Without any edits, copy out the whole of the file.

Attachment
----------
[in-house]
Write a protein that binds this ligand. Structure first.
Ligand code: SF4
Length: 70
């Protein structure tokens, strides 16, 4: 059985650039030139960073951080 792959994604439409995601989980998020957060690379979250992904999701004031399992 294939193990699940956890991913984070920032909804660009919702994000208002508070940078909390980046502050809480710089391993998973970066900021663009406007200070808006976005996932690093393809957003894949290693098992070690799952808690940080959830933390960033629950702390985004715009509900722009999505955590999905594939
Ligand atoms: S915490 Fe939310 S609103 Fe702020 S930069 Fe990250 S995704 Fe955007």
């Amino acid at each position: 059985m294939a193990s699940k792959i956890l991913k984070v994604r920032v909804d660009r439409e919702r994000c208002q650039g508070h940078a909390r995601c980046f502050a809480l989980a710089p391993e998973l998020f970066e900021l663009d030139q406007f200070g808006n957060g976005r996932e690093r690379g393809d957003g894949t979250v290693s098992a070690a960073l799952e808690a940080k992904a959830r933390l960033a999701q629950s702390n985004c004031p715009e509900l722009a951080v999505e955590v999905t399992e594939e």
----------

[in-house]
Write a protein that binds this ligand. Structure first.
Ligand code: SF4
Length: 70
């Protein structure tokens, strides 16, 4: 059985650039030139960073951080 792959994604439409995601989980998020957060690379979250992904999701004031399992 294939193990699940956890991913984070920032909804660009919702994000208002508070940078909390980046502050809480710089391993998973970066900021663009406007200070808006976005996932690093393809957003894949290693098992070690799952808690940080959830933390960033629950702390985004715009509900722009999505955590999905594939
Ligand atoms: S915490 Fe939310 S609103 Fe702020 S930069 Fe990250 S995704 Fe955007």
């Amino acid at each position: 059985m294939a193990s699940k792959i956890l991913k984070v994604r920032v909804d660009r439409e919702r994000c208002q650039g508070h940078a909390r995601c980046f502050a809480l989980a710089p391993e998973l998020f970066e900021l663009d030139q406007f200070g808006n957060g976005r996932e690093r690379g393809d957003g894949t979250v290693s098992a070690a960073l799952e808690a940080k992904a959830r933390l960033a999701q629950s702390n985004c004031p715009e509900l722009a951080v999505e955590v999905t399992e594939e």